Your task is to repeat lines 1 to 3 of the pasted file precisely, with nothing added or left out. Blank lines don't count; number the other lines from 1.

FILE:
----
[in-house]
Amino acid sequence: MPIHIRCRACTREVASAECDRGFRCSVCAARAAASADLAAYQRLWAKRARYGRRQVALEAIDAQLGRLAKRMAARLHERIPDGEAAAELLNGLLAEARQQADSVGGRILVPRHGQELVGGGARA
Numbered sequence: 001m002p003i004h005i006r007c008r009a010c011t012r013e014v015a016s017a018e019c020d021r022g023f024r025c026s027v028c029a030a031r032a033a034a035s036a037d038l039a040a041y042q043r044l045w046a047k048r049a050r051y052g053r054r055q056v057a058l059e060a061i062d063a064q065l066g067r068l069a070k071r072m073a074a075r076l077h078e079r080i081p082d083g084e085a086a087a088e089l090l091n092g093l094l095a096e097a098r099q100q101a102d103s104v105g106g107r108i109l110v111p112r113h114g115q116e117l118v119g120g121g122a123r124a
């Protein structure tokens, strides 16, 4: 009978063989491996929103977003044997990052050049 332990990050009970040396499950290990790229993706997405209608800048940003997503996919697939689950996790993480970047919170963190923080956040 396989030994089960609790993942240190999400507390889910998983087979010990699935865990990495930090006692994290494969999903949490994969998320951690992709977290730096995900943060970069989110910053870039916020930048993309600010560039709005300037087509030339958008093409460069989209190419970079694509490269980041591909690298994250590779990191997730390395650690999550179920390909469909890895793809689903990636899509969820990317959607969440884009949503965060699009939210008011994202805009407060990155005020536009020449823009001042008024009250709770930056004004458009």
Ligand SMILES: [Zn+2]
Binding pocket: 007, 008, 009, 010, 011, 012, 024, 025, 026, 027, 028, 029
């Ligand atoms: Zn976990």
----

[in-house]
Amino acid sequence: MPIHIRCRACTREVASAECDRGFRCSVCAARAAASADLAAYQRLWAKRARYGRRQVALEAIDAQLGRLAKRMAARLHERIPDGEAAAELLNGLLAEARQQADSVGGRILVPRHGQELVGGGARA
Numbered sequence: 001m002p003i004h005i006r007c008r009a010c011t012r013e014v015a016s017a018e019c020d021r022g023f024r025c026s027v028c029a030a031r032a033a034a035s036a037d038l039a040a041y042q043r044l045w046a047k048r049a050r051y052g053r054r055q056v057a058l059e060a061i062d063a064q065l066g067r068l069a070k071r072m073a074a075r076l077h078e079r080i081p082d083g084e085a086a087a088e089l090l091n092g093l094l095a096e097a098r099q100q101a102d103s104v105g106g107r108i109l110v111p112r113h114g115q116e117l118v119g120g121g122a123r124a